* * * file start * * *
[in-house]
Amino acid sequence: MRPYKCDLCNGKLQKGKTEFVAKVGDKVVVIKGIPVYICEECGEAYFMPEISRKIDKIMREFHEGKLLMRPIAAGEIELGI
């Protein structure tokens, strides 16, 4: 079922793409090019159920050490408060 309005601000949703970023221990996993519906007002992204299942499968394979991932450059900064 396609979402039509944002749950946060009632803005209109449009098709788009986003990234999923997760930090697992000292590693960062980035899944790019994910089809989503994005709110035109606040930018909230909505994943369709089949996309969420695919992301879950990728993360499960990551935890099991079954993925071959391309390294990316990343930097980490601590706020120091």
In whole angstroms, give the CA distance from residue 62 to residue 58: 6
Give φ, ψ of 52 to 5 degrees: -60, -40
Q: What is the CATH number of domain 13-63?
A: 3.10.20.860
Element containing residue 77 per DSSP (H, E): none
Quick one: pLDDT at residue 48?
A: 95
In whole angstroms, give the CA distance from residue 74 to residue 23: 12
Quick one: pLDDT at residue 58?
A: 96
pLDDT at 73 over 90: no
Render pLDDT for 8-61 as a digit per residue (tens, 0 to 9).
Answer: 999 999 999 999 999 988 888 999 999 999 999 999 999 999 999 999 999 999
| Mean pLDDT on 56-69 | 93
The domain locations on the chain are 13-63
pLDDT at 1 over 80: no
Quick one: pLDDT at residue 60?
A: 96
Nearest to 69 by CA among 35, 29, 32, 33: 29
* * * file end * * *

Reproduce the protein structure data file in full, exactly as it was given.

[in-house]
Amino acid sequence: MRPYKCDLCNGKLQKGKTEFVAKVGDKVVVIKGIPVYICEECGEAYFMPEISRKIDKIMREFHEGKLLMRPIAAGEIELGI
């Protein structure tokens, strides 16, 4: 079922793409090019159920050490408060 309005601000949703970023221990996993519906007002992204299942499968394979991932450059900064 396609979402039509944002749950946060009632803005209109449009098709788009986003990234999923997760930090697992000292590693960062980035899944790019994910089809989503994005709110035109606040930018909230909505994943369709089949996309969420695919992301879950990728993360499960990551935890099991079954993925071959391309390294990316990343930097980490601590706020120091």
In whole angstroms, give the CA distance from residue 62 to residue 58: 6
Give φ, ψ of 52 to 5 degrees: -60, -40
Q: What is the CATH number of domain 13-63?
A: 3.10.20.860
Element containing residue 77 per DSSP (H, E): none
Quick one: pLDDT at residue 48?
A: 95
In whole angstroms, give the CA distance from residue 74 to residue 23: 12
Quick one: pLDDT at residue 58?
A: 96
pLDDT at 73 over 90: no
Render pLDDT for 8-61 as a digit per residue (tens, 0 to 9).
Answer: 999 999 999 999 999 988 888 999 999 999 999 999 999 999 999 999 999 999
| Mean pLDDT on 56-69 | 93
The domain locations on the chain are 13-63
pLDDT at 1 over 80: no
Quick one: pLDDT at residue 60?
A: 96
Nearest to 69 by CA among 35, 29, 32, 33: 29